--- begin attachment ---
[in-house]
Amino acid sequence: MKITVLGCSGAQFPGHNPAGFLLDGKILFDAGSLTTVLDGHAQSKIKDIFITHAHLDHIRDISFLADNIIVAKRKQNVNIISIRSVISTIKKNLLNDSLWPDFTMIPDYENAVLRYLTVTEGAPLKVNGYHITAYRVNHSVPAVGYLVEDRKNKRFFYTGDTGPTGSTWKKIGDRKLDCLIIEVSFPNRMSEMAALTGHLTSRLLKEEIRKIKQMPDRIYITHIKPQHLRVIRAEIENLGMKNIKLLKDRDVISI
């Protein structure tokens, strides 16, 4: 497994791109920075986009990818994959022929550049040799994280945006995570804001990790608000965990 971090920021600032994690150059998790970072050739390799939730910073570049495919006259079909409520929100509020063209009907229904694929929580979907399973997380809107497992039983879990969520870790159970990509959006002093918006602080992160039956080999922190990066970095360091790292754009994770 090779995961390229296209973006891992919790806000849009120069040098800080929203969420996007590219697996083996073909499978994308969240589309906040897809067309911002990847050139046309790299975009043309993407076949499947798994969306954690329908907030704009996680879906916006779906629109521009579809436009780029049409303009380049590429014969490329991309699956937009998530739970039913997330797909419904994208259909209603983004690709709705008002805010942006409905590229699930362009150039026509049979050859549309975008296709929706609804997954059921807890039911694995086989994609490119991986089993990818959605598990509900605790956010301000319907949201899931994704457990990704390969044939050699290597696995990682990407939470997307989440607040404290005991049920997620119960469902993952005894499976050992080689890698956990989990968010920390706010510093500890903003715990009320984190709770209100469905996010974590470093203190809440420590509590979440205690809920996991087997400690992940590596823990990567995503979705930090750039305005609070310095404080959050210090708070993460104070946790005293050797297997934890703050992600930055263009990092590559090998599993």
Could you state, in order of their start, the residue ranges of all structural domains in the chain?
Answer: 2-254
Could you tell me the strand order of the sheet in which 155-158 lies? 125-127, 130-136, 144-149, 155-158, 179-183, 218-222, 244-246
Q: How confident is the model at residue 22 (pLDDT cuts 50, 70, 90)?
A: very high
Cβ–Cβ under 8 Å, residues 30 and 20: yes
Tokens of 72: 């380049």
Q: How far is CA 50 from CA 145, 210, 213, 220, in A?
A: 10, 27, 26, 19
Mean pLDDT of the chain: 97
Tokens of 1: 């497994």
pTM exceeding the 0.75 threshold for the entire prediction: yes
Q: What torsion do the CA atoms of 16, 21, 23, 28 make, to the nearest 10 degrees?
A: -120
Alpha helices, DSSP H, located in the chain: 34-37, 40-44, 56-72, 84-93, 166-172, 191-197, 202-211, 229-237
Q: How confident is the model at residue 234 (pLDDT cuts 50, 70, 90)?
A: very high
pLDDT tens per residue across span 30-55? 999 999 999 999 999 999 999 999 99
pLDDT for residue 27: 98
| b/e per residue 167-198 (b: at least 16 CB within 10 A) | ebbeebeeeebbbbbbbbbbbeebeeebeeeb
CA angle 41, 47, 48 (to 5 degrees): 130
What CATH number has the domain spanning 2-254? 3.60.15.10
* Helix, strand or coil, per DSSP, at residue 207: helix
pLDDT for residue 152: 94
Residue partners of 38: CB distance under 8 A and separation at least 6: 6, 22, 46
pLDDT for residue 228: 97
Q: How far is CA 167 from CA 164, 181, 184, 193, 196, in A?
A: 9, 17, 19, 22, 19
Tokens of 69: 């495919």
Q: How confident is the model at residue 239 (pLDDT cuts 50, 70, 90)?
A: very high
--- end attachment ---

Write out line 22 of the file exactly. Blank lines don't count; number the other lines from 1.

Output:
pLDDT for residue 27: 98